According to legend, when the Swedish botanist Karl Peter Thunberg returned from Japan to the London Kew Gardens in 1776, he brought with him four fragile specimens of a plant that was much-hyped among Europeans those days: the Japanese camellia.
This rare and highly desired flowering plant was the highlight of the most precious royal collections and botanical gardens at the time, so much so that Kew Gardens helped strengthen political ties by sending three of the young shrubs to royal gardens in Vienna, Hanover, and Pillnitz (near Dresden).
As the story goes, the Pillnitz camellia is the only one of this fabled ensemble of plants that survived the last two centuries, as European botanists were not sufficiently aware of how to care for these sensitive trees. In 1801, the camellia was re-planted in the gardens at Pillnitz Castle, where it still grows today. But the squat little tree, which measures about 30 feet in height today, did not always have an easy life.
The harsh winter in the Dresden region, where temperatures reach as low as -4 degrees Fahrenheit (-20 degrees Celcius), required the garden workers’ full attention and effort. The plant survived the first winters by being covered and wrapped with straw, blankets, and mats, but later, further precautions had to be taken. To protect the camellia from the cold, wind, and snow, a wooden house was erected around the tree each fall and removed in spring.
This procedure was repeated for around a hundred years, until the wooden structure caught fire and almost burnt down the whole plant. The fire-fighting water managed to stop the flames, but froze and formed a sort of ice dome around the entire tree. Nobody believed that the tree would survive this stressful event, but the following spring the camellia started to bloom brighter than ever before.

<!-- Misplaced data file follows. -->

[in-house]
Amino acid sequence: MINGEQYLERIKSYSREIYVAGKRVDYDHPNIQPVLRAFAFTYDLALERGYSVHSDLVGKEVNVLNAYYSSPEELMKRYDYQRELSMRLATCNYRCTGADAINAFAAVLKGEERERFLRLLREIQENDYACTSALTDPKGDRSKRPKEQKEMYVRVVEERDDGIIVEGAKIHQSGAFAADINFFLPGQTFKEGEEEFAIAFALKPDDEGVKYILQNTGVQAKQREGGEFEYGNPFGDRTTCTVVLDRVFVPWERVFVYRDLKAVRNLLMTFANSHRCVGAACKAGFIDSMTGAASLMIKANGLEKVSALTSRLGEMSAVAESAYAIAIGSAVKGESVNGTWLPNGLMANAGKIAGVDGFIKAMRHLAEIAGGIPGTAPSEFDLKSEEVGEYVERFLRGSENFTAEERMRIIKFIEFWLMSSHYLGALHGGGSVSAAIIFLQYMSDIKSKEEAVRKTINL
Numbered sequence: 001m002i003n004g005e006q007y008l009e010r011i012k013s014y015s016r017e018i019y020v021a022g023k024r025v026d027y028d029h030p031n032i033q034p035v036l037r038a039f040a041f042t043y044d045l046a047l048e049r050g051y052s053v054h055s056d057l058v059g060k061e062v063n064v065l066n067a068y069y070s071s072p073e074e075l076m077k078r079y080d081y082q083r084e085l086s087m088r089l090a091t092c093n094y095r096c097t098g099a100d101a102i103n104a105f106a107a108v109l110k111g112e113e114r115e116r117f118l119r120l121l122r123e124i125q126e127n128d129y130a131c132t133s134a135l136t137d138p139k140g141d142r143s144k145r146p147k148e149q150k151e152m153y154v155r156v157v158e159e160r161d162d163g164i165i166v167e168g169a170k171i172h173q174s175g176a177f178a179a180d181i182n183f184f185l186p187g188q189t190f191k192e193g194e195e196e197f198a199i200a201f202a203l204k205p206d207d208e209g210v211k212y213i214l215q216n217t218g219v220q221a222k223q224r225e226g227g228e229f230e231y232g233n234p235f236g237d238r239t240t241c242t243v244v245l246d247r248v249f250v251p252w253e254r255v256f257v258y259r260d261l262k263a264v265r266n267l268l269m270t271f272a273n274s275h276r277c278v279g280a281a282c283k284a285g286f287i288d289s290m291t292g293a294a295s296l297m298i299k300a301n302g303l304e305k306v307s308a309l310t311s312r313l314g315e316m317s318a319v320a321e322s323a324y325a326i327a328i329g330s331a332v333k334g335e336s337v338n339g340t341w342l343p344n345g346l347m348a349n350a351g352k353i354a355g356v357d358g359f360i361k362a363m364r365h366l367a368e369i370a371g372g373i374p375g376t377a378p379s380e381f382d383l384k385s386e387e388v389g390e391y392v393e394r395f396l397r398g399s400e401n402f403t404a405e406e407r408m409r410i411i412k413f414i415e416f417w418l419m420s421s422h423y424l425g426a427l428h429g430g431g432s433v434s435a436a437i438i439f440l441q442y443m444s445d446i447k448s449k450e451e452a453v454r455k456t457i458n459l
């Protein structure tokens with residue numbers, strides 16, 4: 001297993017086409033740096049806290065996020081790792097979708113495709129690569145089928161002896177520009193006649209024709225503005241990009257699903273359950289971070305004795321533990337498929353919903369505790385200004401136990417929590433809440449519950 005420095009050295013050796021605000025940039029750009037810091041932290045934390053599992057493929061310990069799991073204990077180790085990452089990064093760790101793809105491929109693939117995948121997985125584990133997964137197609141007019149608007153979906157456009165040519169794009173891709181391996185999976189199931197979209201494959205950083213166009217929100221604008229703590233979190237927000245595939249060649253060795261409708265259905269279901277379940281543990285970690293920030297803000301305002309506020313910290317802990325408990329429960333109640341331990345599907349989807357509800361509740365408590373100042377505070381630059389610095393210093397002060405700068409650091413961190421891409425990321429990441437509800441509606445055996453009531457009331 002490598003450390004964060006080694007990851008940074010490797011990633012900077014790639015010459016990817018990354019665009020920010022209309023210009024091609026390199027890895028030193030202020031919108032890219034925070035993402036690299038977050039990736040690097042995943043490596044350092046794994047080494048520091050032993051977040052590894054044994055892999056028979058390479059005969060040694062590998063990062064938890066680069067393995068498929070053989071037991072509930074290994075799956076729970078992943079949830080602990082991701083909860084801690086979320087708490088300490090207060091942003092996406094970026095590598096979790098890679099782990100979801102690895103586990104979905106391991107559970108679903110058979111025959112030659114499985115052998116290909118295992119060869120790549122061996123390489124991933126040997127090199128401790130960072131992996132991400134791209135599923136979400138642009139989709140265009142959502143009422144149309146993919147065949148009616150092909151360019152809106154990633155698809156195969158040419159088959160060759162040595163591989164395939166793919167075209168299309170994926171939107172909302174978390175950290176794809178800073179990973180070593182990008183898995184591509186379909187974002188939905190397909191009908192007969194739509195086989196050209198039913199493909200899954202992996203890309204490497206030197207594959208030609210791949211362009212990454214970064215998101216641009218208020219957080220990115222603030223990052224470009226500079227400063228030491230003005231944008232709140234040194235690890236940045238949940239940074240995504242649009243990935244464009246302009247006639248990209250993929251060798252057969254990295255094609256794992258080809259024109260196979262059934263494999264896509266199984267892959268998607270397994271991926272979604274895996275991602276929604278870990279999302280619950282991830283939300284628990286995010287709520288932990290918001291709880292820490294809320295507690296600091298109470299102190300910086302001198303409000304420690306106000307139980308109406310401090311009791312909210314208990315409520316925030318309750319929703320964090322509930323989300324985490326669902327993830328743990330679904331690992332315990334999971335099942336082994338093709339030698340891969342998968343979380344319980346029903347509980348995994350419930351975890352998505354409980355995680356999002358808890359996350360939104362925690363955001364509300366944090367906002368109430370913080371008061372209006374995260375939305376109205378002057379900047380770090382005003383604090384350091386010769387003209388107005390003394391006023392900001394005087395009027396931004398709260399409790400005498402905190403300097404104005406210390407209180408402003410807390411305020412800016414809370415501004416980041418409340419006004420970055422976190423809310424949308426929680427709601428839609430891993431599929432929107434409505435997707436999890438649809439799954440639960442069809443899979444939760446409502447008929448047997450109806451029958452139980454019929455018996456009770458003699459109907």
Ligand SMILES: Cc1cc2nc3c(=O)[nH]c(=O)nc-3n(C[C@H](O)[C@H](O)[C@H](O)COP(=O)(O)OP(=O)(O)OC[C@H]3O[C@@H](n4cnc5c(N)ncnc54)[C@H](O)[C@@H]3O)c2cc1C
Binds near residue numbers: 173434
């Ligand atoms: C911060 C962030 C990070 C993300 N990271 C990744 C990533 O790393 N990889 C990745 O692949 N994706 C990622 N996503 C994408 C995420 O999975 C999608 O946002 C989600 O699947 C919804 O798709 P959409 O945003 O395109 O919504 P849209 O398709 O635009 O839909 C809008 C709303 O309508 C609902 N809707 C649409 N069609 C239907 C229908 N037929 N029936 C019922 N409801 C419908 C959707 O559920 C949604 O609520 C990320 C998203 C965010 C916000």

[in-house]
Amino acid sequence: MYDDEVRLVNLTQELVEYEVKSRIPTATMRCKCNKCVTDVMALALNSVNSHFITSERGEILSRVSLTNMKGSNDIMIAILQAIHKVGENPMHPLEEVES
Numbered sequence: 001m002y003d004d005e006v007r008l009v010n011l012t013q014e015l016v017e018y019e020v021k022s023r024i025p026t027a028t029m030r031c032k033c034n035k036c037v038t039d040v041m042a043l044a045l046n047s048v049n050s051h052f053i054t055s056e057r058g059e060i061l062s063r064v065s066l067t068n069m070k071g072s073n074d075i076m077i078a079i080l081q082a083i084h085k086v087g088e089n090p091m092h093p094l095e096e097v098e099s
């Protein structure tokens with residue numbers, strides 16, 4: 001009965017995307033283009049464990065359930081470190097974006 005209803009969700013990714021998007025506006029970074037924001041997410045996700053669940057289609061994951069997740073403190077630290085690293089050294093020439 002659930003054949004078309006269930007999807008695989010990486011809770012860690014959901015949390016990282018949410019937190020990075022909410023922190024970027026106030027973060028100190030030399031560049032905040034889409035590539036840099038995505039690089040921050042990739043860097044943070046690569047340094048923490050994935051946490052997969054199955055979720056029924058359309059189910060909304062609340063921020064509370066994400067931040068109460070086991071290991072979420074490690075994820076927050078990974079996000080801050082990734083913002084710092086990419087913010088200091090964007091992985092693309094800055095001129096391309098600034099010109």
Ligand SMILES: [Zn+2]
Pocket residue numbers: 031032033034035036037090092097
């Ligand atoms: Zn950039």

In 1992, the delicate camellia finally received an appropriate accommodation that replaced the wooden constructions of former days. A heated, mobile glasshouse over 40 feet (13 meters) tall was erected to shelter the shrub from October to May.
The massive glass building is, technically speaking, the world’s widest broad-gauge railway, as it can be moved back and forth on a set of tracks between summer and winter. Inside the glass and steel construction, a computer automatically regulates the temperature, ventilation, and air humidity of the precious plant’s winter palace. Each year from February to April, the plant’s blossoming season, these efforts are rewarded, as some 35,000 pink flowers cover the historic camellia.
Know Before You Go
The castle park is open year-round from 6 a.m. to nightfall. Visitors to the gardens can buy offshoots of the camellia.